« Archives in January, 2011

Anti Anti Debugging Tricks

Housekeeping: Well… It’s been a while since I have posted. I had been meaning to post some things but Google turned off their FTP service in Blogger making their service really useless to me and so this blog languished while I finally got around to sorting things out and moving it to a proper blog software. I hope to be providing more updates now, but I won’t fool myself too much.

On with the show….

I recently came across a binary application on a Linux server that had been coded to prevent people from snooping into what the application actually did. If you ran the application using strace or gdb the application would detect it and stop running. It would throw an error similar to:

“Debugging detected… goodbye!”

and the application would simply exit. Now I understand a programmer’s desire to protect their code, however if you are going to be running an application on my server I should at least know what it is you are actually doing. Apparently this is known as “anti debugging” and is designed to prevent reverse engineering of an application. Not being one to turn down a challenge…. I accepted. Below I will outline some very simple processes that can be used to circumvent some of the more basic checks.

There are apparently a few different methodologies involved in anti debugging, and it seems that our application used a couple of checks. I will show you some of what the application was doing and the very simple workarounds to get around them.

When you attach a debugging tool such as strace or gdb to the command it would throw off the process id of the parent application. Apparently the application was checking that by using a ptrace call to attach to the parent process id (getppid). Here is how I worked around this issue.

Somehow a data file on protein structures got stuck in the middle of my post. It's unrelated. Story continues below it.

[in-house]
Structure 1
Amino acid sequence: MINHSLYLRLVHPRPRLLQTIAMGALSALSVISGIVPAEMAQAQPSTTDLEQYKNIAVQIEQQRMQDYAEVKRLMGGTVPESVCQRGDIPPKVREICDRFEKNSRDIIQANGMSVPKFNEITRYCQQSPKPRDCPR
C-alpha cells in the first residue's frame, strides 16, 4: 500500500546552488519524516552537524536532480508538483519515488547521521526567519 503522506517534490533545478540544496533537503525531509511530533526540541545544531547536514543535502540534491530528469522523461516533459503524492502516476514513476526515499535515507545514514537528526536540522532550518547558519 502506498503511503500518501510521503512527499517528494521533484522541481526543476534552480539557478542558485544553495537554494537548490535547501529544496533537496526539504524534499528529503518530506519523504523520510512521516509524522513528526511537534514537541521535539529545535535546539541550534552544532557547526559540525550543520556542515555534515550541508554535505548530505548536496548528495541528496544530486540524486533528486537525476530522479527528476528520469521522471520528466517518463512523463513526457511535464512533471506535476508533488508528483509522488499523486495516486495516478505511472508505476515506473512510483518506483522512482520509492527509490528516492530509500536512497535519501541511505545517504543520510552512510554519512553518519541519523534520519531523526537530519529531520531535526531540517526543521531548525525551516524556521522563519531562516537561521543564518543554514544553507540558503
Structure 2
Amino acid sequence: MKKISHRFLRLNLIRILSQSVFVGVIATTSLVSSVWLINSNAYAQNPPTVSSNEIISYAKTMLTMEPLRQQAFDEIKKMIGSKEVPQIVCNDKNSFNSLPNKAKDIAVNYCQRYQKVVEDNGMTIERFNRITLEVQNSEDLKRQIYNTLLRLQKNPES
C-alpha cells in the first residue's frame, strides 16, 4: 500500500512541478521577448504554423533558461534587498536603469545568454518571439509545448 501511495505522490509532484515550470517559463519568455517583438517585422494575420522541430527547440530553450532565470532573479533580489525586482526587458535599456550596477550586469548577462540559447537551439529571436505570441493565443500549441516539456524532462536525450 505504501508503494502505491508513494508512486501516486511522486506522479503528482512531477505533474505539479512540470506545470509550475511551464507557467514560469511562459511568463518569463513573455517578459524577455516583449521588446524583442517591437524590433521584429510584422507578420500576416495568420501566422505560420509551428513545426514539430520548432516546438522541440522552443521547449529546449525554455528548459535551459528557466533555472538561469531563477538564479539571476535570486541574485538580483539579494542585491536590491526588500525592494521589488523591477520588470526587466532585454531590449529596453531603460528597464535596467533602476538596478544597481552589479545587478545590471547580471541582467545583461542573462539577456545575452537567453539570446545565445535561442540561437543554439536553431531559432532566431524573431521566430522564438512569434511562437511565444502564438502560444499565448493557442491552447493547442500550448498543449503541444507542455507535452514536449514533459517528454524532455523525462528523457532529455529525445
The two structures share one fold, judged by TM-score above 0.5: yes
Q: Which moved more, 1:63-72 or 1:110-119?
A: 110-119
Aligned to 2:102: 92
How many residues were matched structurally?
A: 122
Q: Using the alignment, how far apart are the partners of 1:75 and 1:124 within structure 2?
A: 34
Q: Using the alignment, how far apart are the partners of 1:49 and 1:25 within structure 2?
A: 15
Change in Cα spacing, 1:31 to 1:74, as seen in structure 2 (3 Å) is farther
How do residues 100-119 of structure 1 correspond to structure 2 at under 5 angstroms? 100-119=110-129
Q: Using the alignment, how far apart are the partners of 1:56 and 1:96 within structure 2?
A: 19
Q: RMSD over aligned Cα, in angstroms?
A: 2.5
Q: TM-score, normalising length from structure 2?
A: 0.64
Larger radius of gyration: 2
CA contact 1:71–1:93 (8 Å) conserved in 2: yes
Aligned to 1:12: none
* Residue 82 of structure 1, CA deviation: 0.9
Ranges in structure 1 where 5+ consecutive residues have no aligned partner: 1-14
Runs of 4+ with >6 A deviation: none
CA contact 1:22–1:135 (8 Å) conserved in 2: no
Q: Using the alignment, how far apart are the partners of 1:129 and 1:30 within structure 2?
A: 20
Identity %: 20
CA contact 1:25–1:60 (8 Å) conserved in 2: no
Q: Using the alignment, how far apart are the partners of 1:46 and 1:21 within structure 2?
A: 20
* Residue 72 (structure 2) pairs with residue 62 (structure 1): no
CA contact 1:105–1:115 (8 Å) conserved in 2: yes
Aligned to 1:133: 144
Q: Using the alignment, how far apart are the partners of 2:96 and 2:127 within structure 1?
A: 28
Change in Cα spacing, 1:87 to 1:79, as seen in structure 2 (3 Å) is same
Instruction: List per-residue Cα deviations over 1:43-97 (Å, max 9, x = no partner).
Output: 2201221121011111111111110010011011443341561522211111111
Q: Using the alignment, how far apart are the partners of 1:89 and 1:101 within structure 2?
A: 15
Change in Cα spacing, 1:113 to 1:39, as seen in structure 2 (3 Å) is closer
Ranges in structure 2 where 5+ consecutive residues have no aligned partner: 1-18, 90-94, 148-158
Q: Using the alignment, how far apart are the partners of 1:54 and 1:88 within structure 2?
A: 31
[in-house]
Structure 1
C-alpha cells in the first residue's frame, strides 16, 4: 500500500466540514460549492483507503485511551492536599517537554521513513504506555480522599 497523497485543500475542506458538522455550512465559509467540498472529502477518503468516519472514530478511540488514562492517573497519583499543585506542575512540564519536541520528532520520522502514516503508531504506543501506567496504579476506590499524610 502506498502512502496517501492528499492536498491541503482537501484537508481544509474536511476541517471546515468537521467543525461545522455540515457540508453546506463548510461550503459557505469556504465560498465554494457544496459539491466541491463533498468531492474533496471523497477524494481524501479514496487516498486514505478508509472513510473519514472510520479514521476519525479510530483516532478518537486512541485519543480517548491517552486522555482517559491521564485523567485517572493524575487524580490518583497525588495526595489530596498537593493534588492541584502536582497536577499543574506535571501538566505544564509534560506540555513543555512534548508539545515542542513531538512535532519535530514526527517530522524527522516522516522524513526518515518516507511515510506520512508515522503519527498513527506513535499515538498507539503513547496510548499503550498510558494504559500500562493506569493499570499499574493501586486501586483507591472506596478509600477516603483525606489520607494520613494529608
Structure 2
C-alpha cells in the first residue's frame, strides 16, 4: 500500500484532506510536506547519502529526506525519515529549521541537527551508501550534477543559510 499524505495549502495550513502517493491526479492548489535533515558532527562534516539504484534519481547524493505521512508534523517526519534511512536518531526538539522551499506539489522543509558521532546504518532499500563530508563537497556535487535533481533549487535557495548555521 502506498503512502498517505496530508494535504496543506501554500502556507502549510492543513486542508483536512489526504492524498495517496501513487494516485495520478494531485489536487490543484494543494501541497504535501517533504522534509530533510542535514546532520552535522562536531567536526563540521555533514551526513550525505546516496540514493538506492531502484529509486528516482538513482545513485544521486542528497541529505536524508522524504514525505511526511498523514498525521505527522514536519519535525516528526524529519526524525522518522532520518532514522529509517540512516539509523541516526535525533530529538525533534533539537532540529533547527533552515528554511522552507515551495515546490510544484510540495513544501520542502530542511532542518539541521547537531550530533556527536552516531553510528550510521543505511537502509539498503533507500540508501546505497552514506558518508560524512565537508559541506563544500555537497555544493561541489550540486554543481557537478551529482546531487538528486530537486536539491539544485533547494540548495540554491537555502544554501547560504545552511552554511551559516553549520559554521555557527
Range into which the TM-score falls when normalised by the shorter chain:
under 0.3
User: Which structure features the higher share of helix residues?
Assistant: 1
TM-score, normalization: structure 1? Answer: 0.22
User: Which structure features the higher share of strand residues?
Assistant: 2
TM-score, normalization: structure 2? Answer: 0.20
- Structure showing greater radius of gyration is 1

We override the getppid system call with our own. Create a very simple C application that will define our new getppid() calls.

#include <stdio.h>

int getppid() { return getsid( getpid() ); }

What this does is return the session id for current process’s id anytime getppid() is called. So now we need to compile this into a shared library that we can load before we execute the application we want to debug.

gcc -shared -fPIC -o fakegetppid fakegetpppid.c

This compiles the C application into a shared library that we can then load. Here is how we tell something like strace to use this instead of the normal getppid system call.

strace -fxi -E LD_PRELOAD=./fakegetppid /path/to/the/main/application

If there are no other anti-debugging tricks in place, the application will execute as normal.

What if you have an anti-debugging trick that isn’t so simple to thwart? What if the application makes multiple calls to a system call that you need to catch a specific instance of? Well there is a way to accomplish that as well.

#define _GNU_SOURCE 1

#include <stdio.h>
#include <dlfcn.h>

static int(*next_ptrace)(int a, int b, int c, int d ) = NULL;

long ptrace( int a, int b, int c, int d )
    if( next_ptrace == NULL ) {
        next_ptrace = dlsym( RTLD_NEXT, "ptrace" );

    if( a == 16 ) { /* PTRACE_ATTACH */
        fprintf( stderr, "PTRACE_ATTACH called with pid %i\n", b);

    return next_ptrace( a, b, c, d );


This will allow you to specifically capture PTRACE_ATTACH calls and do whatever you want with the calls, sending all other calls to the original system ptrace call. That’s pretty darn powerful and works exactly the same way as the code above.

I hope this information is useful to some people out there. I know it is a little complex, but it just goes to show that it is possible to debug an application, even if it doesn’t appear to be at first.

Good luck and happy hunting.